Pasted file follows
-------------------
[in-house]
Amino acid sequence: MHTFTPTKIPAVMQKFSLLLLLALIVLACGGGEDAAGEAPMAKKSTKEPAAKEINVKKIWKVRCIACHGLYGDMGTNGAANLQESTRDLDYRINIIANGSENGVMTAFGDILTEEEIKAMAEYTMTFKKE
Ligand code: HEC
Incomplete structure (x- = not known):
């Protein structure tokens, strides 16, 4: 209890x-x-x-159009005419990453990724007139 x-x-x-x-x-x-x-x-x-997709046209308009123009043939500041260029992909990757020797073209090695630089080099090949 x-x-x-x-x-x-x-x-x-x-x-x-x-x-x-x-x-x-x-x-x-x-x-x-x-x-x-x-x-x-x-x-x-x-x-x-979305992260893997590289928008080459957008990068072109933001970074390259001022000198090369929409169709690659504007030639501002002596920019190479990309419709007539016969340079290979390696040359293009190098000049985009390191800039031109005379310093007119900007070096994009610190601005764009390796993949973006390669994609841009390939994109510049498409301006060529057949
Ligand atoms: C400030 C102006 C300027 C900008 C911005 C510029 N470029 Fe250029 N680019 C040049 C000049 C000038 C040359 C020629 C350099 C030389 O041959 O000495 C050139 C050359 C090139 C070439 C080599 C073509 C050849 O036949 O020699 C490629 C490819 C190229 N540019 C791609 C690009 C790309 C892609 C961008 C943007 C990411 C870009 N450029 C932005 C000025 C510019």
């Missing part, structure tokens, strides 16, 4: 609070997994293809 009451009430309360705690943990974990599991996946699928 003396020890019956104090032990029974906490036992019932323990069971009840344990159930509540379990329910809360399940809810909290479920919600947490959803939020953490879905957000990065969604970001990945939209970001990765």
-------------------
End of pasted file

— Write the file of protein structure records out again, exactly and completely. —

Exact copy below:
[in-house]
Amino acid sequence: MHTFTPTKIPAVMQKFSLLLLLALIVLACGGGEDAAGEAPMAKKSTKEPAAKEINVKKIWKVRCIACHGLYGDMGTNGAANLQESTRDLDYRINIIANGSENGVMTAFGDILTEEEIKAMAEYTMTFKKE
Ligand code: HEC
Incomplete structure (x- = not known):
């Protein structure tokens, strides 16, 4: 209890x-x-x-159009005419990453990724007139 x-x-x-x-x-x-x-x-x-997709046209308009123009043939500041260029992909990757020797073209090695630089080099090949 x-x-x-x-x-x-x-x-x-x-x-x-x-x-x-x-x-x-x-x-x-x-x-x-x-x-x-x-x-x-x-x-x-x-x-x-979305992260893997590289928008080459957008990068072109933001970074390259001022000198090369929409169709690659504007030639501002002596920019190479990309419709007539016969340079290979390696040359293009190098000049985009390191800039031109005379310093007119900007070096994009610190601005764009390796993949973006390669994609841009390939994109510049498409301006060529057949
Ligand atoms: C400030 C102006 C300027 C900008 C911005 C510029 N470029 Fe250029 N680019 C040049 C000049 C000038 C040359 C020629 C350099 C030389 O041959 O000495 C050139 C050359 C090139 C070439 C080599 C073509 C050849 O036949 O020699 C490629 C490819 C190229 N540019 C791609 C690009 C790309 C892609 C961008 C943007 C990411 C870009 N450029 C932005 C000025 C510019």
């Missing part, structure tokens, strides 16, 4: 609070997994293809 009451009430309360705690943990974990599991996946699928 003396020890019956104090032990029974906490036992019932323990069971009840344990159930509540379990329910809360399940809810909290479920919600947490959803939020953490879905957000990065969604970001990945939209970001990765």